When developing a program, the only thing a developer frets is when he encounters an error! Who would not want a smooth-running piece of code with no errors in one shot!! Sounds amazing right? But practically when we develop an application errors are bound to happen; they could be syntactical or logical. This is where “Debugging” helps. The method by which the errors are identified and resolved is known as Debugging.
Browser Developer Tools
- Chrome: CTRL +SHIFT+ I or F12
- Internet Explorer: F12
- Mozilla Firefox: CTRL+SHIFT+J
In this tutorial we will see examples with the chrome developer tools.
Developer Tool Zone
This is the Developer’s tool. It has panes which are mentioned below:
- Source zone: Shows the source code. Under this tab you can view the code that you have created. You can select between the JS files to debug.
- Information and control zone: This gives all the controls for debugging you code.
Technically Console is an object which lets you access the browser’s debugging console. This object is sometimes also referenced as “window.console” The console has its own methods through which you can interact and test values and errors, some of the most used methods are:
The console.log() method lets you print any type of data like a simple string , number , an array or an object. You can expand the results for arrays and objects to inspect each element within.
As the name suggests, this method clears the content of the console and displays a message “console was cleared”. This is mostly used when we have logged lot of information and want a blank message list to begin again.
Many a times a code execution does not go the way we thought it would, we may encounter an error or exception or maybe our code just crashes. In such situations a developer feels the need to “Debug” to troubleshoot any errors.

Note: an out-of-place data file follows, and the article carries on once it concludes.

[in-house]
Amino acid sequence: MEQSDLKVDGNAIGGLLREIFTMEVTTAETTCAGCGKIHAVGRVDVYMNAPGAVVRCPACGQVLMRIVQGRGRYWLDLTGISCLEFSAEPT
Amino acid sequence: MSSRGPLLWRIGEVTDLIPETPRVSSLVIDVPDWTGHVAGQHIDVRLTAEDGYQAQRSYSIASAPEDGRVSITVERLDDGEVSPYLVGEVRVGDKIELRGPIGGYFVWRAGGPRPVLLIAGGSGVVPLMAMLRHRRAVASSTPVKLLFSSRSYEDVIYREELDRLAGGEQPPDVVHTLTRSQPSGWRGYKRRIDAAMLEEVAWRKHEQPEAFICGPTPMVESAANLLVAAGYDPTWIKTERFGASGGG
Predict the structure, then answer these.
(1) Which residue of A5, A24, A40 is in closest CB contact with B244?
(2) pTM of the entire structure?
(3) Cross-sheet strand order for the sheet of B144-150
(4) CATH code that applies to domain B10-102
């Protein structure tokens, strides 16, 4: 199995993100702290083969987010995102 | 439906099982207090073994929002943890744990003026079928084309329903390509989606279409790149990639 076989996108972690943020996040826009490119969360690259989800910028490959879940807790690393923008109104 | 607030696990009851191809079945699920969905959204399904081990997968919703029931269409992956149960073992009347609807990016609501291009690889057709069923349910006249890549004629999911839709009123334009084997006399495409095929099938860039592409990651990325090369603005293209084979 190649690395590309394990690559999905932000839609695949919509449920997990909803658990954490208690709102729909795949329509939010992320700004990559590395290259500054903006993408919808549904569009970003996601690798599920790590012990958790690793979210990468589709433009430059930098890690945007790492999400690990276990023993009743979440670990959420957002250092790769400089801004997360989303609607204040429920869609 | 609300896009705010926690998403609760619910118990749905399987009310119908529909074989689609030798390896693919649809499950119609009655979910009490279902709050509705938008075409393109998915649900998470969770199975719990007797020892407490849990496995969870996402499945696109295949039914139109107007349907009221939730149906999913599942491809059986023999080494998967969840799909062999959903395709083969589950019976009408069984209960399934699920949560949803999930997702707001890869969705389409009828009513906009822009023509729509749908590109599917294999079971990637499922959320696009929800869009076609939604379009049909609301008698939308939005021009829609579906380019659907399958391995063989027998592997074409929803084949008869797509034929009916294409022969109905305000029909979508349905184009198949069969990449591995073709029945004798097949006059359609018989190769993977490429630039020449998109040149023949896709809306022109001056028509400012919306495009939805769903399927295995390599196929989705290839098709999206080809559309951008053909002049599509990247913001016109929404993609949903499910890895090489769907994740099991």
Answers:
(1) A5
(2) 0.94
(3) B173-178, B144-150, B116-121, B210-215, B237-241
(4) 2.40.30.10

Solving Issues by Reading!
When we encounter an error the first step should be to glance your code and try to read it to find any mistakes. And most of the times if the issue is really simple just reading the code does the trick. For eg, if you are trying to print value of a variable which in the first place does not exist in your scope, the console may give you an undefined. Such mistakes can be dealt with by carefully going through the code and making changes!
For other issues to debug a code we need to pause execution to know where exactly things are going wrong. This can be performed using different methodologies, let’s see some of them:
In the debugger tool of every browser we can set breakpoints by clicking on the line number of the code from where we want to debug. For example:
In the screen above we have set a breakpoint at the line number ‘86’ and ‘89’ by clicking on them. So as soon as the page loads when execution reaches line number ‘86’ it will pause, from here on the developer can take actions which we will read about ahead.
The pausing of the code can also be done with the help of debugger command.
When you run the application the moment your code execution reaches this point it pauses for you to examine what exactly is going on in detail. This helps in saving a lot of time when we are working on a code editor and we don’t want to toggle between code editor and browser again and again to set breakpoints manually.